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'Spenser' Novelist Robert Parker Dies In Cambridge

This article is more than 10 years old.
Robert Parker poses in his Cambridge office in 2006. (AP)
Robert Parker poses in his Cambridge office in 2006. (AP)

Robert B. Parker, the blunt and beloved crime novelist who helped revive the hard-boiled genre and branded a tough guy of his own through his "Spenser" series, has died. He was 77.

An ambulance was sent to Parker's home in Cambridge on Monday morning for reports of a sudden death, said Alexa Manocchio, spokeswoman for the Cambridge police department. The death was of natural causes and was not considered suspicious, Manocchio said.

A publicist for Parker's publisher, Penguin Group (USA), confirmed the death but had no further details.

Prolific to the end, Parker wrote more than 50 novels, including 37 featuring about Boston private eye Spenser. The character's first name was a mystery and his last name emphatically spelled with an "s" in the middle, not a "c." He was the basis for the 1980s TV series "Spenser: For Hire," starring Robert Urich.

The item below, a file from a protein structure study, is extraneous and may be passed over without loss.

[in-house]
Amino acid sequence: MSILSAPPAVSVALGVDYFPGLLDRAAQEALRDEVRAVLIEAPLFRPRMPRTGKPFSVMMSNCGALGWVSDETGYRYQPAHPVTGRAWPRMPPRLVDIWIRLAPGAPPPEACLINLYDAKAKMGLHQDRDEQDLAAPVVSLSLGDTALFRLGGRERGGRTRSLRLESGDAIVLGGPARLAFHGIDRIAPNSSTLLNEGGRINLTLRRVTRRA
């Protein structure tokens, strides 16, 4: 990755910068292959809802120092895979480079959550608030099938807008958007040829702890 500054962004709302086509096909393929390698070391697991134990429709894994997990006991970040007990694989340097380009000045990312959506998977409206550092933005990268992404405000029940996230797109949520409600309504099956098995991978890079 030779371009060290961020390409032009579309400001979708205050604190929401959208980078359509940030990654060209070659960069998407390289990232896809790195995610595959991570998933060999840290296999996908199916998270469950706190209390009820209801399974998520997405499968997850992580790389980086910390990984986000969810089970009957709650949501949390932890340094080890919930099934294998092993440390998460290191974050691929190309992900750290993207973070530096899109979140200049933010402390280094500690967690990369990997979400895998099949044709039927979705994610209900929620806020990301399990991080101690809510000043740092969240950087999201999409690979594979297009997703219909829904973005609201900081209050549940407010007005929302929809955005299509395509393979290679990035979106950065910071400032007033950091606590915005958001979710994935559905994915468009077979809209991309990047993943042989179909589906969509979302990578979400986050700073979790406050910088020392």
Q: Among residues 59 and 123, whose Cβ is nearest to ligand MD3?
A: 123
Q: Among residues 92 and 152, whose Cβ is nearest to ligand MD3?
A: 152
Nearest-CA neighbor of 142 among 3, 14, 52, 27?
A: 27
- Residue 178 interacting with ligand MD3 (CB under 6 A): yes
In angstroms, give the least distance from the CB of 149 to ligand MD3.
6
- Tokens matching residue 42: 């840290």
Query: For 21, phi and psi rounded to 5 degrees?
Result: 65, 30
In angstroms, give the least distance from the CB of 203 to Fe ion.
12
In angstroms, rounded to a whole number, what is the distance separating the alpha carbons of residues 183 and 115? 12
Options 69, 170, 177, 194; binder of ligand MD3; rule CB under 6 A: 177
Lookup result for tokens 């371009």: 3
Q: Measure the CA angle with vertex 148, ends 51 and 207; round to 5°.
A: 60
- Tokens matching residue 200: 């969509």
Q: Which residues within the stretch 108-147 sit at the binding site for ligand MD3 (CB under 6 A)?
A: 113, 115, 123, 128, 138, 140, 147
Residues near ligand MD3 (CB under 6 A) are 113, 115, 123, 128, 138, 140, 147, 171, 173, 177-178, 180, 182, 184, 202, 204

A native of Springfield, Mass., Parker openly worshipped Raymond Chandler and other classic crime writers and helped bring back their cool, clipped style in such early "Spenser" novels as "The Godwulf Manuscript" and "God Save the Child." Within a few years, in "Looking for Rachel Wallace" and "Early Autumn," he was acclaimed as a master in his own right.
From The Vault: Parker's 2006 Interview With On Point
"Hard-boiled detective fiction was essentially dead in the early '70s. It was considered almost a museum thing," said Ace Atkins, author of "Devil's Garden," Wicked City" and several other novels. "When Parker brought out Spenser, it reinvigorated the genre. For me and countless others, we owe for him and reinventing Chandler's work and bringing it to the modern age. I wouldn't have a job now without Robert Parker."

This program aired on January 19, 2010. The audio for this program is not available.

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